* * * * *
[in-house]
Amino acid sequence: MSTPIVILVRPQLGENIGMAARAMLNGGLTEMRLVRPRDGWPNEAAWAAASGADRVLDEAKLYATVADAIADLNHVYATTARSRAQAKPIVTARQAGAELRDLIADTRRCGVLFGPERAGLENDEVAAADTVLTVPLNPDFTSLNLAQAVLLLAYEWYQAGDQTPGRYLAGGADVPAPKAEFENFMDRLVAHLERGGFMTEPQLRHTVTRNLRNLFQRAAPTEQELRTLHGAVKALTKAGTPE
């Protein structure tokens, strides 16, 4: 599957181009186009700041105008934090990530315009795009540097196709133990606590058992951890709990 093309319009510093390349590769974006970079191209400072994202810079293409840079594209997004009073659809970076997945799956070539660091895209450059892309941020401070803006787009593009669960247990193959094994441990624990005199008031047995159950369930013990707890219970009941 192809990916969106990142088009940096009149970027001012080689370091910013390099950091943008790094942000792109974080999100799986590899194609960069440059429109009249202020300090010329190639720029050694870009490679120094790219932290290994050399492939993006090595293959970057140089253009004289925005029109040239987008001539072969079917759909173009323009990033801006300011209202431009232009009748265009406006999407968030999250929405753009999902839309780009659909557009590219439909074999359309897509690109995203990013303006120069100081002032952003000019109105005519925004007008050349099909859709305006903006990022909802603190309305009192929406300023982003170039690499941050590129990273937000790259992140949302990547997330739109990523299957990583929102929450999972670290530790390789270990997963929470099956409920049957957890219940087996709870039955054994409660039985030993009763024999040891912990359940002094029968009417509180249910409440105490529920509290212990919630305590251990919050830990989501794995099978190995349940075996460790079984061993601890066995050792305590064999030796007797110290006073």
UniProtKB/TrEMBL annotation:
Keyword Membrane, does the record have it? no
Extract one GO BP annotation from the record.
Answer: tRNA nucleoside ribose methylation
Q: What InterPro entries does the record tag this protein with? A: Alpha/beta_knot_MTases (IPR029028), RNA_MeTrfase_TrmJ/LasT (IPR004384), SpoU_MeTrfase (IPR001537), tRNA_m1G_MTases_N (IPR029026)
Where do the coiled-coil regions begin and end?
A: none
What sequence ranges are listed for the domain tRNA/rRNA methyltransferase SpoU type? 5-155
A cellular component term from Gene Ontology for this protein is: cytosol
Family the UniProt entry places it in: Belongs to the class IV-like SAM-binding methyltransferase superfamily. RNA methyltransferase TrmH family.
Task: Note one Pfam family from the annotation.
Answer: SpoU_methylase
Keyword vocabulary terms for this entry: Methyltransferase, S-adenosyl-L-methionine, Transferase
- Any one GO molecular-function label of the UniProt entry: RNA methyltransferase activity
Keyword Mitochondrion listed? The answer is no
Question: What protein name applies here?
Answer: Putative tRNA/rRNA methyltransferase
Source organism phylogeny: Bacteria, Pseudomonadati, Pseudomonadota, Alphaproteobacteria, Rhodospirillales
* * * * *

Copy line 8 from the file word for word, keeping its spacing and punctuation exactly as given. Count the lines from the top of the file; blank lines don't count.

Q: What InterPro entries does the record tag this protein with? A: Alpha/beta_knot_MTases (IPR029028), RNA_MeTrfase_TrmJ/LasT (IPR004384), SpoU_MeTrfase (IPR001537), tRNA_m1G_MTases_N (IPR029026)